04 July 2011

A Guide to Constructed Languages: Rules & Grammar: Other Considerations

There are many complexities to languages. Here are some things you may want to consider while constructing your language:
  • PARTICLES - Particles are like small words that are not used on their own. The most popular language to use particles is probably Japanese. Particles can be used to show a word is the subject, object, or verb, or to show excitement or in place of a question mark. In Japanese, almost any sentence can be turned into a question my adding ka at the end. In English, that would be like, 'You are well ka?' meaning 'Are you well?' or 'The house is blue ka?' for "Is the house blue?'
  • POSSESSIVE - Possessive means showing ownership. In English, excluding pronouns, possessive is shown by adding apostrophe-s ('s). In other languages, however, possessive is shown differently. In French and Spanish, 'of' is used, so 'Naoko's dog' in French would be 'Le chien de Naoko' and in Spanish would be 'Perro de Naoko'. Japanese has a similar system, a mix between French/Spanish and English. It uses a particle (no) and is used like this: Naoko no inu.
  • MASCULINE AND FEMININE - There are two ways M&F are used. The first way has masculine, feminine, and neutral forms of a word, and the words in a sentence must agree with each other, regardless of the speaker (ex. French). The second way is to have words that are considered more masculine or feminine or neutral; they are used to show the speaker as more masculine or feminine, and don't need to agree with other word genders in the sentence (ex. Japanese).
  • POLITENESS - Some cultures are big on politeness. Again, Japanese is a really good example. In Japanese, many words have a polite and casual form, some more masculine and some more feminine forms. And, of course, there are rude versions too. Watashi is the polite form of the word 'I'. Though it is used fairly regularly, there are other words that can be used in its place for more casual circumstances, such as atashi, which is a feminine way of saying it.
  • PLURALISATION - In English, we usually add -s or -es to words to denote pluralisation. In French, a similar system is used, except other words in the sentence need to become plural too (agreement again). Example: 'Les chats sont mignons,' versus 'Le chat est mignon.' Some languages don't use pluralisation at all. In Japanese, words do not change if they are plural. Neko could mean 'cat' or 'cats'. They do, however, have things called counting words, which are used to indicate how many there are of something. There are a number of counting words, some for inanimate objects, others for living things, etc.
  • DEFINITE & INDEFINITE ARTICLES - The, a, and an are examples. The is definite, and a and an are indefinite. Some languages don't use these, and some languages make them a requirement for things all the time. If you do use them, how do you want them to be? In English, we have a to be put in front of consonant sounds (a rabbit, a humanbeing, a historical event, a piece of toast, a unicorn, a herb (when h is said), etc.) and an is use in front of vowel sounds (an ox, an axe, an octopus, an unfinished project, an herb (when h is silent), an indicator, an extraction, etc.). This is to make speaking flow. If we said 'a octopus,' it doesn't flow because of the two vowel sounds, so, by adding n, we can speak with more fluidity. Sometimes different accents or dialects add or subtract letters to make speech flow. You could take this into consideration with other things, too, when creating your language.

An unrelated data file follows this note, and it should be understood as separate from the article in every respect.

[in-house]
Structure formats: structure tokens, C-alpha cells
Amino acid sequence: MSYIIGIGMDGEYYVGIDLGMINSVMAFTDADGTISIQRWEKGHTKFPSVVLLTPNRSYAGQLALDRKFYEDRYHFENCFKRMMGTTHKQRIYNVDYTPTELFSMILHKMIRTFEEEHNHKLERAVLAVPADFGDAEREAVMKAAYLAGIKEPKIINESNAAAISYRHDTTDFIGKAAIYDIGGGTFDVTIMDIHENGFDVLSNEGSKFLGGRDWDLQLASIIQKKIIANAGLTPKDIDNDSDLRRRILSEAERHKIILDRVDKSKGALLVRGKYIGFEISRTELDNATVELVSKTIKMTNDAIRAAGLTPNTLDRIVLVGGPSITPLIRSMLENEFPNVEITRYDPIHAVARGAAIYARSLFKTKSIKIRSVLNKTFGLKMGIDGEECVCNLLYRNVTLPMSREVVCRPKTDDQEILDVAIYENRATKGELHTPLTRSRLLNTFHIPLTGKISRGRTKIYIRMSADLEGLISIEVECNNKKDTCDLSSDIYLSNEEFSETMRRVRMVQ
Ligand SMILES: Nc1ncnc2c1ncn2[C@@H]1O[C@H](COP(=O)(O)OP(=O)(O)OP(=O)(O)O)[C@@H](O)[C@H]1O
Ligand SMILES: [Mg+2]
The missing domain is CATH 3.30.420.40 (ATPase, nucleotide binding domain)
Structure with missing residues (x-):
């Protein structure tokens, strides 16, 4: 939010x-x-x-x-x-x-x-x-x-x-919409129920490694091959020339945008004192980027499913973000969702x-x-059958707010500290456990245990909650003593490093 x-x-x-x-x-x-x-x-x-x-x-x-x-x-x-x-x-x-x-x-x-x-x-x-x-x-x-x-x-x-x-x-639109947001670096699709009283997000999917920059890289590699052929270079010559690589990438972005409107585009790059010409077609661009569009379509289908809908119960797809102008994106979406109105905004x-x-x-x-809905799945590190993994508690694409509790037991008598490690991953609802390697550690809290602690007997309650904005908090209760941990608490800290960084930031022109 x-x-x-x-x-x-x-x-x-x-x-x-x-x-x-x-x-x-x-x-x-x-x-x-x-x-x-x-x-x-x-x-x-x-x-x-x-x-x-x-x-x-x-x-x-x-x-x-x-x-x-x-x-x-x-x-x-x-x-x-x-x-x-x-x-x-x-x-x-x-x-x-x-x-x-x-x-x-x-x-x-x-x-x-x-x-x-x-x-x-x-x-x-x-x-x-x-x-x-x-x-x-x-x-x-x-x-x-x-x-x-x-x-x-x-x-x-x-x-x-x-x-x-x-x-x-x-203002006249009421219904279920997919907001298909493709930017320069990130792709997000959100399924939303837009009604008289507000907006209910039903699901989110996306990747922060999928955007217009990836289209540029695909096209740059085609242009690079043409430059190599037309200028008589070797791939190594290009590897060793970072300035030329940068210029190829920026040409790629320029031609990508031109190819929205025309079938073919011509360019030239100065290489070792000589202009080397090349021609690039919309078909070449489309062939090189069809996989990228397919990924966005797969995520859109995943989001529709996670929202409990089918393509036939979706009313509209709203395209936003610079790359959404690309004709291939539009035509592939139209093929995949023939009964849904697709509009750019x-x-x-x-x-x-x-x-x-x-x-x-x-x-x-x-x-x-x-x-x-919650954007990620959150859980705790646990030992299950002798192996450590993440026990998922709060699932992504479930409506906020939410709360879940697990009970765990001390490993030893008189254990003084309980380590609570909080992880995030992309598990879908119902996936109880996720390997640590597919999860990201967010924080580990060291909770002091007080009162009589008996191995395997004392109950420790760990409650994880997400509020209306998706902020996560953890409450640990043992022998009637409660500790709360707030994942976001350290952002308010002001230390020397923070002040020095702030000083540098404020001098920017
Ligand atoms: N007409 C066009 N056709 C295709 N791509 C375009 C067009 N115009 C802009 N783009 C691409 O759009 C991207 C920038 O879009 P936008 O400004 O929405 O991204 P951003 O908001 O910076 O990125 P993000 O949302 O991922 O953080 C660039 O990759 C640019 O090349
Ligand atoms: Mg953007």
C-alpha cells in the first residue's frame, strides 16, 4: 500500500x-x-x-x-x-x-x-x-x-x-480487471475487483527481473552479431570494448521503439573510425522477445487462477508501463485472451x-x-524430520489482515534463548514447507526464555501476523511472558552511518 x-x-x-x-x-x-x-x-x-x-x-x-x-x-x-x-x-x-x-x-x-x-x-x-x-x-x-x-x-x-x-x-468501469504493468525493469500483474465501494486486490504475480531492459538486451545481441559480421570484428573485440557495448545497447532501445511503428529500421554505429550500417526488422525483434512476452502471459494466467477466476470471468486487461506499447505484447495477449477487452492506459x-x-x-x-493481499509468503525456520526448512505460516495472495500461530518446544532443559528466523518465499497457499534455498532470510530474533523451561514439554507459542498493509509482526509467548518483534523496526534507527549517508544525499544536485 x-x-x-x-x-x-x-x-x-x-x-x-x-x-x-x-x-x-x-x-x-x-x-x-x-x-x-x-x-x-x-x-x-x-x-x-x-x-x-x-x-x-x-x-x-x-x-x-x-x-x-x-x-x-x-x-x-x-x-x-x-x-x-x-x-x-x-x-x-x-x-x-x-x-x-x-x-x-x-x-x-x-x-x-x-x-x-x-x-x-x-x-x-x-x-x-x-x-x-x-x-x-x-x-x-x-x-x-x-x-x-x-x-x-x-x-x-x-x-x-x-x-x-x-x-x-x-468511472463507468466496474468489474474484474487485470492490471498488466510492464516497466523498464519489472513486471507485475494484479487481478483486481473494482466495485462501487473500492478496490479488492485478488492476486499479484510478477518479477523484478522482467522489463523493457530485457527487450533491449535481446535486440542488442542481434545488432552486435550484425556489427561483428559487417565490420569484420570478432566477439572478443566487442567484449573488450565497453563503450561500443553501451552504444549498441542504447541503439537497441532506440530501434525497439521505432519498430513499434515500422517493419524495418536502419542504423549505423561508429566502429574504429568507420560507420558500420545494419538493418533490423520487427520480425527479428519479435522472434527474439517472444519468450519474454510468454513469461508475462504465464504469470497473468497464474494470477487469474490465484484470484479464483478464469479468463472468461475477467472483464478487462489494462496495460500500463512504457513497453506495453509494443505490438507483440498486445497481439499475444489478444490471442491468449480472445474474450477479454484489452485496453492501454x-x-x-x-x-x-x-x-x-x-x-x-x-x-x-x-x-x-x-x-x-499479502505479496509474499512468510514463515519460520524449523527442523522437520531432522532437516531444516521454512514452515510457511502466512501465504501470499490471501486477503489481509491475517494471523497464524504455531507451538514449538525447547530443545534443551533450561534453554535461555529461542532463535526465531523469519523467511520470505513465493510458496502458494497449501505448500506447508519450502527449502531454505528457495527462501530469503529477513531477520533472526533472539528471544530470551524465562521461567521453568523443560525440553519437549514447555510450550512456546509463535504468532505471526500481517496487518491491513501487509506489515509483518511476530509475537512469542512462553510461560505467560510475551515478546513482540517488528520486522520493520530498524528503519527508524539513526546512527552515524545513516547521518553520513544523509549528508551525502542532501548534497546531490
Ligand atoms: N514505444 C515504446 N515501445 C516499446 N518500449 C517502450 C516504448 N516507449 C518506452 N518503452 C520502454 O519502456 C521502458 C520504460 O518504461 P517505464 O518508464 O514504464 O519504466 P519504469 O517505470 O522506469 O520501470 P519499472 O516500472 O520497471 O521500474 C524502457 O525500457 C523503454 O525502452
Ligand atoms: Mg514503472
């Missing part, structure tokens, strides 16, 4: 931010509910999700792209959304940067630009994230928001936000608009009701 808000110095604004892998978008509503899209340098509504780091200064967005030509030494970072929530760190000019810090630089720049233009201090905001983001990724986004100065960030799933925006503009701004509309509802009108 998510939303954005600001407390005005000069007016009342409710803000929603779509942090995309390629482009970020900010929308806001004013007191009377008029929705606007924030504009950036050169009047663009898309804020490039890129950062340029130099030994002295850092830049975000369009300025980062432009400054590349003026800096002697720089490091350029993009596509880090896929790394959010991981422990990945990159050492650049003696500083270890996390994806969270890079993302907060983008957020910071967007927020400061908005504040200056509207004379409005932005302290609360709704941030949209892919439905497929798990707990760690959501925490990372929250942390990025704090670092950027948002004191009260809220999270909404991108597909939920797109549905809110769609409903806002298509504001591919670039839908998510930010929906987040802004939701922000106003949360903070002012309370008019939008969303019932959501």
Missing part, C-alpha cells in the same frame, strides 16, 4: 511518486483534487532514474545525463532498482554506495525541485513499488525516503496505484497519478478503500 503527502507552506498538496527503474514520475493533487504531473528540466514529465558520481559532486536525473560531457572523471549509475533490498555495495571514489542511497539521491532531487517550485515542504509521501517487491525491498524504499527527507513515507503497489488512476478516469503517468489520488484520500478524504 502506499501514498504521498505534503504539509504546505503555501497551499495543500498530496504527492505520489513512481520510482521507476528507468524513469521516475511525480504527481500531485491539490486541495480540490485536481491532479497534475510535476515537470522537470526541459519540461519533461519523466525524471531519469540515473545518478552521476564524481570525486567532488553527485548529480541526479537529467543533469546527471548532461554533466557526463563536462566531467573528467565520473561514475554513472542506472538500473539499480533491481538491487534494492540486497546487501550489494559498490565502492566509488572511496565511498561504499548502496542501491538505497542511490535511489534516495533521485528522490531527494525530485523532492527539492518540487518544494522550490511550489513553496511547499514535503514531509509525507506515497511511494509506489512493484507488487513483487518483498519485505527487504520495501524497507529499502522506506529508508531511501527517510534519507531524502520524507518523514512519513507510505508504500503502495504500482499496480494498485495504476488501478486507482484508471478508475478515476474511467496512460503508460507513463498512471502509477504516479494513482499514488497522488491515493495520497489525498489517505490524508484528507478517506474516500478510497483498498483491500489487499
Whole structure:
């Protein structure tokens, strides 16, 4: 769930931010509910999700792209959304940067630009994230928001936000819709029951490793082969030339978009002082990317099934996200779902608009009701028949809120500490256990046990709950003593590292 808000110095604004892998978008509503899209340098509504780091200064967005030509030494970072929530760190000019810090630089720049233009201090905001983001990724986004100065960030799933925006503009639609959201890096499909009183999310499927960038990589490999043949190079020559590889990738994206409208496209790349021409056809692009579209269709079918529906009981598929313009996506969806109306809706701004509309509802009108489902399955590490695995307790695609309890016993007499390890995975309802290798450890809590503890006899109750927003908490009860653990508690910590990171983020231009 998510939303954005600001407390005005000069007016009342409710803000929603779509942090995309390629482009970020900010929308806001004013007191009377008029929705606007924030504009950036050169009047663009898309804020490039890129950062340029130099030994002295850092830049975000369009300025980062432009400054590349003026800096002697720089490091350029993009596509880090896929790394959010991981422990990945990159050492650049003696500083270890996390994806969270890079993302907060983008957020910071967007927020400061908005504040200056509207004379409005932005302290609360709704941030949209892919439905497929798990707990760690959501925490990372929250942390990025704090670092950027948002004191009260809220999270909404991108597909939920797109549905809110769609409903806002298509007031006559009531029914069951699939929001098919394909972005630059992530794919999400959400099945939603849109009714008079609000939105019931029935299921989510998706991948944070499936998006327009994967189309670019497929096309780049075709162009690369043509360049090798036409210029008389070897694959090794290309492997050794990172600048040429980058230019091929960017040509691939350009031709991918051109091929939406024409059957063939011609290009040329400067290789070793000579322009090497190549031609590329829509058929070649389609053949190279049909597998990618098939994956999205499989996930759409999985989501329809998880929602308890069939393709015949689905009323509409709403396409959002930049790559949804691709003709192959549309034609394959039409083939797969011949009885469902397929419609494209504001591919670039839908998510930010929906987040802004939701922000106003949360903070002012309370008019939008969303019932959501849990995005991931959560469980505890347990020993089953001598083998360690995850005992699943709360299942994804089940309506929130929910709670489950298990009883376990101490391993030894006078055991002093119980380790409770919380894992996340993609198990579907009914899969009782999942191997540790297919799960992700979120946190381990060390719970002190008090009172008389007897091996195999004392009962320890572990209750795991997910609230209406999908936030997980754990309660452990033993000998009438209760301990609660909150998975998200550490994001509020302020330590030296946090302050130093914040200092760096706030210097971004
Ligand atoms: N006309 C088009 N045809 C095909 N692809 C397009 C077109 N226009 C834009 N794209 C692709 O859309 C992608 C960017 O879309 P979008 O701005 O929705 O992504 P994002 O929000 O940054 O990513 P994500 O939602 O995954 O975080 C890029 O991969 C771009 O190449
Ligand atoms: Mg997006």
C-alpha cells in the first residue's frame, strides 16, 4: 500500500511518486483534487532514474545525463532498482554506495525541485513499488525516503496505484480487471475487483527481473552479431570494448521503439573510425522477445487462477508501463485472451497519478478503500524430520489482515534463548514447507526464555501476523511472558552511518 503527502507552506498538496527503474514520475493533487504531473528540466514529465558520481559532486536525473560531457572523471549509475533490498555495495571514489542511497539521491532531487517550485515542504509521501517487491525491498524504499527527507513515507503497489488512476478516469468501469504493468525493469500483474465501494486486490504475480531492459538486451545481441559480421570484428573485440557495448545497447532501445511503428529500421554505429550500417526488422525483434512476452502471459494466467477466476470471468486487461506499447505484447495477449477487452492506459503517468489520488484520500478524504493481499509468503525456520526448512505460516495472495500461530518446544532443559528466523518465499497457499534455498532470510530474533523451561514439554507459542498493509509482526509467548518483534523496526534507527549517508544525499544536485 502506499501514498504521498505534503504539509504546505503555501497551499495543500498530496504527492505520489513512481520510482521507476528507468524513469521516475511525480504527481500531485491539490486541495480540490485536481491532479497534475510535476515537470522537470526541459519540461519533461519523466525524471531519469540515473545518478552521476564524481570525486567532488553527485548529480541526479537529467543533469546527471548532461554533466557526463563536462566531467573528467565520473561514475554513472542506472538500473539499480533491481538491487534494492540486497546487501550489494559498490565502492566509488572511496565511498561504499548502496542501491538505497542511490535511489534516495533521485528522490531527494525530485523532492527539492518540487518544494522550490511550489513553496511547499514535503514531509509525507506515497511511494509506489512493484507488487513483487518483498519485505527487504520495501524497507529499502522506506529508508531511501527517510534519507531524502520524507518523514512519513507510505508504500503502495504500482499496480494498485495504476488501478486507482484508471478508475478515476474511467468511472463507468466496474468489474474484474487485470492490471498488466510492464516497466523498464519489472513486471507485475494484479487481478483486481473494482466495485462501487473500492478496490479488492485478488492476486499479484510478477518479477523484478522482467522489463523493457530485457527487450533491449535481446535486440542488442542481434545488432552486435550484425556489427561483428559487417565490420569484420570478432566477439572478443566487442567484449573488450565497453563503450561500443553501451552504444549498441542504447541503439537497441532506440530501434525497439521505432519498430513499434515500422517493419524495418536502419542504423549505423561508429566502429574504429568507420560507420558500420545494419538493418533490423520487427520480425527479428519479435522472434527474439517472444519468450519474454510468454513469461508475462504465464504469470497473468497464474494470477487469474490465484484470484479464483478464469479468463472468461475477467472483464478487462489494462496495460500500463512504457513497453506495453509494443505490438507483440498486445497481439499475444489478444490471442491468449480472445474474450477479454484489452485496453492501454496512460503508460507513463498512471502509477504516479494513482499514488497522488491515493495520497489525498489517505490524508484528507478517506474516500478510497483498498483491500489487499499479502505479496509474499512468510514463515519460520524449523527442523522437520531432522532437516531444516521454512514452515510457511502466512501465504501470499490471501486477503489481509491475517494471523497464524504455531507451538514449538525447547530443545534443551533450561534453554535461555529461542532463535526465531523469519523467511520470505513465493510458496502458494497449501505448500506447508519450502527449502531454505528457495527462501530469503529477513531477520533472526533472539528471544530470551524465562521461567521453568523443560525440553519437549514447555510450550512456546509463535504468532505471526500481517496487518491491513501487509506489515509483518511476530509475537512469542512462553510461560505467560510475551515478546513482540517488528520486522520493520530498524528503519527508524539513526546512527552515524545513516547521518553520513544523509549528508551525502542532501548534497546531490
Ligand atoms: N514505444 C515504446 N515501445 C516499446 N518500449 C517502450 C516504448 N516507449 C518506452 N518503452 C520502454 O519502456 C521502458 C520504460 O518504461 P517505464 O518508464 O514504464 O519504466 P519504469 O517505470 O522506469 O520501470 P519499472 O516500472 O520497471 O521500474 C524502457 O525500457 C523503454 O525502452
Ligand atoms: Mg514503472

• NEGATIVE - There are a lot of ways negatives can be denoted. In English, we usually use no, not, non-, or none (There is not any bread; there are no wild cats around here; there are none; that is not important; that is a nonissue; etc.). In French, negatives use ne pas or n' pas, and the verb goes between ne and pas (Je n'ai pas le canif; je ne suis pas un poisson; je n'aime pas les animaux; etc.). How might your language make things negative?

If you are creating a language for a fictional world ('constructed world' or 'conworld'), you may want to consider the history and the people of the language.

Many languages have irregular forms of words; you'll particularly hear 'irregular verbs'. This just means that these words don't follow the normal way to make the verb tenses. In English, some examples are to be, to go, to do, to eat, and to drink.

You could even create words that would be archaic in your world, or histories of words or phrases. Did they come from those archaic words? Did they come from another language? Did they evolve from a different way of saying something, perhaps something that was more sensible?

Something else you might take into consideration are the values of the people. If these people, for example, value feelings over everything else, their vocabulary in that area may be more diverse than in others. It may include different but similar words to explain intricate details. Greek has several words for 'love' depending on the context of the word. In English, we can say, 'I love my boyfriend,' 'He loves that man,' 'I love my father,' 'I love my friends,' 'I love those shoes,' etc. and there is no distinction between them.


What other ways could you show ownership in a language?

Do you think masculine and feminine words are helpful? Why or why not?

If you are making a language for a constructed world, would you want to create irregular words? Why or why not?

What other kinds of values could a culture have and how might that affect their language?

How about the people themselves. Are these people simple? Intelligent? Orderly? How is this reflected in the language?

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